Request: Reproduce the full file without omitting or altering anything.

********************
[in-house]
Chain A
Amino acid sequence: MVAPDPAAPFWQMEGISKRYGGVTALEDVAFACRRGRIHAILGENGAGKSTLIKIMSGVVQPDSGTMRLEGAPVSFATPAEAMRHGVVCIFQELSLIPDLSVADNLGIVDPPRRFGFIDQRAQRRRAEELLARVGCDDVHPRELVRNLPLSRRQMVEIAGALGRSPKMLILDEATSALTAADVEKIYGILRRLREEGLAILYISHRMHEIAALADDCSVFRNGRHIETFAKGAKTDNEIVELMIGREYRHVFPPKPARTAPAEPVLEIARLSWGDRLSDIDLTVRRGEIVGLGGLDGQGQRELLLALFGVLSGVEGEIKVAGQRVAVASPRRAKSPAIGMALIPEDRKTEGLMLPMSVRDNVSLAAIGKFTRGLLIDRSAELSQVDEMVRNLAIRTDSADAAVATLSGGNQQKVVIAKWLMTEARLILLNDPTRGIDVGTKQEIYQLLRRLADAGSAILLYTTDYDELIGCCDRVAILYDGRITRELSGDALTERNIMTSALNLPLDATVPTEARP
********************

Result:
[in-house]
Chain A
Amino acid sequence: MVAPDPAAPFWQMEGISKRYGGVTALEDVAFACRRGRIHAILGENGAGKSTLIKIMSGVVQPDSGTMRLEGAPVSFATPAEAMRHGVVCIFQELSLIPDLSVADNLGIVDPPRRFGFIDQRAQRRRAEELLARVGCDDVHPRELVRNLPLSRRQMVEIAGALGRSPKMLILDEATSALTAADVEKIYGILRRLREEGLAILYISHRMHEIAALADDCSVFRNGRHIETFAKGAKTDNEIVELMIGREYRHVFPPKPARTAPAEPVLEIARLSWGDRLSDIDLTVRRGEIVGLGGLDGQGQRELLLALFGVLSGVEGEIKVAGQRVAVASPRRAKSPAIGMALIPEDRKTEGLMLPMSVRDNVSLAAIGKFTRGLLIDRSAELSQVDEMVRNLAIRTDSADAAVATLSGGNQQKVVIAKWLMTEARLILLNDPTRGIDVGTKQEIYQLLRRLADAGSAILLYTTDYDELIGCCDRVAILYDGRITRELSGDALTERNIMTSALNLPLDATVPTEARP